‘I’ll tell you a story,” John Komes said. He was standing in front of a colorful painting that depicts Flora Springs Winery, which he and his family launched in 1978 in a pre-Prohibition ghost winery in St. Helena.
“We decided we wanted a painting,” he said, recounting how the family invited Cynthia Fitting, an artist living in Sacramento, to come to Flora Springs to talk about a project.
“When she was leaving, her car wouldn’t start.” Fitting flagged down an employee, just leaving the winery, to ask for a jump. Too busy, the man replied, and he hurried off to a sales meeting.
Fitting got the commission and produced the vivid, charming painting, which portrays the winery and its people…”Read more.
One of the many reasons Napa Valley is such a superb region for growing wine grapes is its incredible diversity. Although a mere 30 miles long and several miles wide, the valley is home to a wide range of microclimates and a vast array of soil types. Over the years, this diversity has led vintners and growers to create defined grape growing areas within Napa Valley. These areas, which reflect their regional designations, are called American Viticultural Areas, or AVAs.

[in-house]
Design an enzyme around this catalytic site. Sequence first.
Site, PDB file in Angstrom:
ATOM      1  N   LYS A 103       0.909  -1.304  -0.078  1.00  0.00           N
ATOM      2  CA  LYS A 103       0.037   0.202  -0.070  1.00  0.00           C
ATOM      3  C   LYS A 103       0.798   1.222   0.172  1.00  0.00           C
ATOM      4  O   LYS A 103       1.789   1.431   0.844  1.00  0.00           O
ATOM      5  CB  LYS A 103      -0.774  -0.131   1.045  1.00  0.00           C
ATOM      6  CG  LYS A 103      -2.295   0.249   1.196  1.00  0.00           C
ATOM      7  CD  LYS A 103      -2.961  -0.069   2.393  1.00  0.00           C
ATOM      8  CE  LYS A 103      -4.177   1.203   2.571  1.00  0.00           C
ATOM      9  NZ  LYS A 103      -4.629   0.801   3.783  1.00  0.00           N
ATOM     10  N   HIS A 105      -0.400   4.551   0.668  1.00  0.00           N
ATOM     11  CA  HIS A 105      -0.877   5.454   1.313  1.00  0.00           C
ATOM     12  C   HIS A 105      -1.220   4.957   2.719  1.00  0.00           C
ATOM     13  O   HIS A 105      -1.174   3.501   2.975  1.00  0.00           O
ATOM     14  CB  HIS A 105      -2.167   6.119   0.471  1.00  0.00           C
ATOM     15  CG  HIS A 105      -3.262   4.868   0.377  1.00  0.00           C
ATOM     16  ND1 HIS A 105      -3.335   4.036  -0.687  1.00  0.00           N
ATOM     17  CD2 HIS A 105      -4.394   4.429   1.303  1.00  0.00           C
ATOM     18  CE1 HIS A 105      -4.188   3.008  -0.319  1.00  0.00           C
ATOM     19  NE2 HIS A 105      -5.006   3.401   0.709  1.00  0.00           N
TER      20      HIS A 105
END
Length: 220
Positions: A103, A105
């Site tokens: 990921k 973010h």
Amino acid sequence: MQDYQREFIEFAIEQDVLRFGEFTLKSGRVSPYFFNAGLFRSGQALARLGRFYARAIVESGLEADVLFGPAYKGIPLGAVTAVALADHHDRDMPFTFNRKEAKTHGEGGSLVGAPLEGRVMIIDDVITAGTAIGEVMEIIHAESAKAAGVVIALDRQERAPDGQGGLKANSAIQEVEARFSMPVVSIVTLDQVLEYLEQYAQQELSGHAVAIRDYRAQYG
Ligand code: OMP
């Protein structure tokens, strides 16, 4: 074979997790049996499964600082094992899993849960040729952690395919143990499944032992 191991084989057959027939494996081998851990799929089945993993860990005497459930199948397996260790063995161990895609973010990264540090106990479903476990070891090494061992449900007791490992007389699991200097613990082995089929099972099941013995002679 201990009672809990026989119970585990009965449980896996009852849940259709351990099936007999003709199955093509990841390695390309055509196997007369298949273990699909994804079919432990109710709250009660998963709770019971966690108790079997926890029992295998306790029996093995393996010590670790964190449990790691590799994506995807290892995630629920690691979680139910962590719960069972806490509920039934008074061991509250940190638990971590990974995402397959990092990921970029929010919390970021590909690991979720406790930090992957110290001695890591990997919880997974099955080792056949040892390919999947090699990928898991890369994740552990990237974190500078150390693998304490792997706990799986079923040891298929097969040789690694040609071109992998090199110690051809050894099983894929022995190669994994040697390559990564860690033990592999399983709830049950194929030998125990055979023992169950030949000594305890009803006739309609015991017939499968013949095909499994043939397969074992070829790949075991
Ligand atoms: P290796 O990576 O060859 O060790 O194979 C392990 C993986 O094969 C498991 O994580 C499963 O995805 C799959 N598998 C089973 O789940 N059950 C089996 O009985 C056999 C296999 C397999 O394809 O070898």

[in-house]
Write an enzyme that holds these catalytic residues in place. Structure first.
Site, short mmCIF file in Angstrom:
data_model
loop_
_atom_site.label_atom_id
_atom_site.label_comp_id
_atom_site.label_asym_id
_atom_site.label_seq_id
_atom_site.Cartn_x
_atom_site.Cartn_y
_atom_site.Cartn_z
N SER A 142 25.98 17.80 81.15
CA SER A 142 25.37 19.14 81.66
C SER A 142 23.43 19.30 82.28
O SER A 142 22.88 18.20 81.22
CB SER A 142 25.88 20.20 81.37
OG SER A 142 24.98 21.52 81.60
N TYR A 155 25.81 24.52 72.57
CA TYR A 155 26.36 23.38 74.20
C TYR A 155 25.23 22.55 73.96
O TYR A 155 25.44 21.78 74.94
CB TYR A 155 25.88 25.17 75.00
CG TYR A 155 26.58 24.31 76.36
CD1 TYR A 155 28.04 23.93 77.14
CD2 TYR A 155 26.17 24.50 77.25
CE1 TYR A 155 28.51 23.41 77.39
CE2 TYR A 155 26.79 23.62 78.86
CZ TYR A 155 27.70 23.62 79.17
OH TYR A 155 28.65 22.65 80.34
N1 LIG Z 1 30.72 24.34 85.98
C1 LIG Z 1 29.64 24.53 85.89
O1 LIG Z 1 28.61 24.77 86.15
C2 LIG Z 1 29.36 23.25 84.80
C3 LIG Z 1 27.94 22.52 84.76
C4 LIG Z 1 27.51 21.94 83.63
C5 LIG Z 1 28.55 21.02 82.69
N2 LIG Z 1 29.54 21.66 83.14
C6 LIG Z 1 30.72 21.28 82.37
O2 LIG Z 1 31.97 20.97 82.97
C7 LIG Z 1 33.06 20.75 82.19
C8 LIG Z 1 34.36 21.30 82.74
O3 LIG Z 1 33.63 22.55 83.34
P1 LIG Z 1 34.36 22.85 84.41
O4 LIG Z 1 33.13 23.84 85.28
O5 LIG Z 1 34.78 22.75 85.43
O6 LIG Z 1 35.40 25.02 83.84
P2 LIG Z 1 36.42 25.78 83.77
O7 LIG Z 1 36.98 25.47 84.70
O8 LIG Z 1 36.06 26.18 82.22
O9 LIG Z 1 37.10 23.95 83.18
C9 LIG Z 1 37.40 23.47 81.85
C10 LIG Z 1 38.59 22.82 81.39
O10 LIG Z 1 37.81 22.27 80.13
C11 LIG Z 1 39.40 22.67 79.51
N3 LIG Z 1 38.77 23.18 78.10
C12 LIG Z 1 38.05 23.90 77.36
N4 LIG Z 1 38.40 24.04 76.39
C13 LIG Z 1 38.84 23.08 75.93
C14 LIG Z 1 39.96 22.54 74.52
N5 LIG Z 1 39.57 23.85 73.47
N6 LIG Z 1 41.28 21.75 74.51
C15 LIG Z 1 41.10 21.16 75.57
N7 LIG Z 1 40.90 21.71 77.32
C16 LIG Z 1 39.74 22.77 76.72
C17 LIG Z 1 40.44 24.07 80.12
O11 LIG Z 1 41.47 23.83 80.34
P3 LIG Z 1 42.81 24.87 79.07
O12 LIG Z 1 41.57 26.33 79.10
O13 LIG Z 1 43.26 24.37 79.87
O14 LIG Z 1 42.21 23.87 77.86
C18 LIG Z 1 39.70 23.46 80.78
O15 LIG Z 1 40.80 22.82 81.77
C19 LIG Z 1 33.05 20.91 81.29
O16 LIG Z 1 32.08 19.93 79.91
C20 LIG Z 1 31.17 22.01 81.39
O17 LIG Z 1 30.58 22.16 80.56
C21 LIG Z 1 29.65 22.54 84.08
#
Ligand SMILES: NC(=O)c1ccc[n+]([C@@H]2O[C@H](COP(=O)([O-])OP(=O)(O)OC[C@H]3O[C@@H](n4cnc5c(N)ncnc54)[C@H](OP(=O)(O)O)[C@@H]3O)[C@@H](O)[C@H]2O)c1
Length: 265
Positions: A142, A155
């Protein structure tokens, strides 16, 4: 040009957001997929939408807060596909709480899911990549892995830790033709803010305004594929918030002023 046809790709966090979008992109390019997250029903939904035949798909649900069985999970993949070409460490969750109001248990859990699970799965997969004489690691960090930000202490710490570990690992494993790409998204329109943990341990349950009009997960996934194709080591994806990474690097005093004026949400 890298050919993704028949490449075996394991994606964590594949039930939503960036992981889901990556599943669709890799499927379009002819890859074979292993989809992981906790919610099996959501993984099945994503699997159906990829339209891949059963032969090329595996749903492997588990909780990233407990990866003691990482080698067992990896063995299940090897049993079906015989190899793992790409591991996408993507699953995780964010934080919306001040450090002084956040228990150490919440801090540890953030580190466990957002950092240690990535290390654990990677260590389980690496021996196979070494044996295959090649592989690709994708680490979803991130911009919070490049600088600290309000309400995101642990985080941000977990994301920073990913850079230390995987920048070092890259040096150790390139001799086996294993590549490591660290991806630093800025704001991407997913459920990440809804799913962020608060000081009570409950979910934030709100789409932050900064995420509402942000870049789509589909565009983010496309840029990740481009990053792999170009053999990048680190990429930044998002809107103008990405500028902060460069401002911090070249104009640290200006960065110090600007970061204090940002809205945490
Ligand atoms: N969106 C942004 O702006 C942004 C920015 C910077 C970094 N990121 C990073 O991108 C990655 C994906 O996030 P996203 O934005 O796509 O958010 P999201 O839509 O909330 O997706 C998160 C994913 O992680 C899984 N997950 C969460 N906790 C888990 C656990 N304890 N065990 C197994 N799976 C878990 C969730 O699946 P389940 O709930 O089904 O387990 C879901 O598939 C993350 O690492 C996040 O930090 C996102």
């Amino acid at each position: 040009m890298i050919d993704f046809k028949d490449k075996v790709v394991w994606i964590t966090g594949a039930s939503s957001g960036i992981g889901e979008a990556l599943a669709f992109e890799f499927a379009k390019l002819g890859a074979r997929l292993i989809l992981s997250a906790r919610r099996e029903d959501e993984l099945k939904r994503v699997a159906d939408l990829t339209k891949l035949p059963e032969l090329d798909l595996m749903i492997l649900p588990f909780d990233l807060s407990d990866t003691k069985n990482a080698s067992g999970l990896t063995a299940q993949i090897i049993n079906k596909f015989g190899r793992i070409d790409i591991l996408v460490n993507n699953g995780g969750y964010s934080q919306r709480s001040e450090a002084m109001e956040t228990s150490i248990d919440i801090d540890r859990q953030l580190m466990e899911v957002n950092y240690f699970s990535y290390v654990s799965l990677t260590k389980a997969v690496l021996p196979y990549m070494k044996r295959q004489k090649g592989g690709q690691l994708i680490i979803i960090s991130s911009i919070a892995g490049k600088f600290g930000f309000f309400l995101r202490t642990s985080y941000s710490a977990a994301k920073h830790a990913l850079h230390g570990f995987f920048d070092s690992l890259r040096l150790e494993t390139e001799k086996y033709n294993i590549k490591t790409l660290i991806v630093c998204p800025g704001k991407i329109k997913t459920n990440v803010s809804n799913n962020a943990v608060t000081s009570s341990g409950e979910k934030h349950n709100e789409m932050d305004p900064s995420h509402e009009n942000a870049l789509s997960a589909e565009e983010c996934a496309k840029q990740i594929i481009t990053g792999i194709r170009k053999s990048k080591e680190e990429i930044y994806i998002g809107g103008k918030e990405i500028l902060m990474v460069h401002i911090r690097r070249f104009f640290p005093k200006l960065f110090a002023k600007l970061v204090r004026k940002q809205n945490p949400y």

The Napa Valley is itself an AVA having received its own designation in 1981. It is California’s first recognized AVA and the second in the United States. Over time, sixteen “nested” AVAs have been designated within the Napa Valley AVA. Flora Springs owns and farms vineyards in five of these, including the St. Helena, Rutherford, Oakville, Oak Knoll and Los Carneros AVAs.
“Kairos is just south of the Stags Leap District, kind of wedged between the Stags Leap, Oak Knoll and Coombsville AVAs,” says General Manager Nat Komes. “So when we bottle the Out of Sight Cabernet, we use the Napa Valley appellation on the label. But that doesn’t have any bearing on the quality of the vineyard or wine.”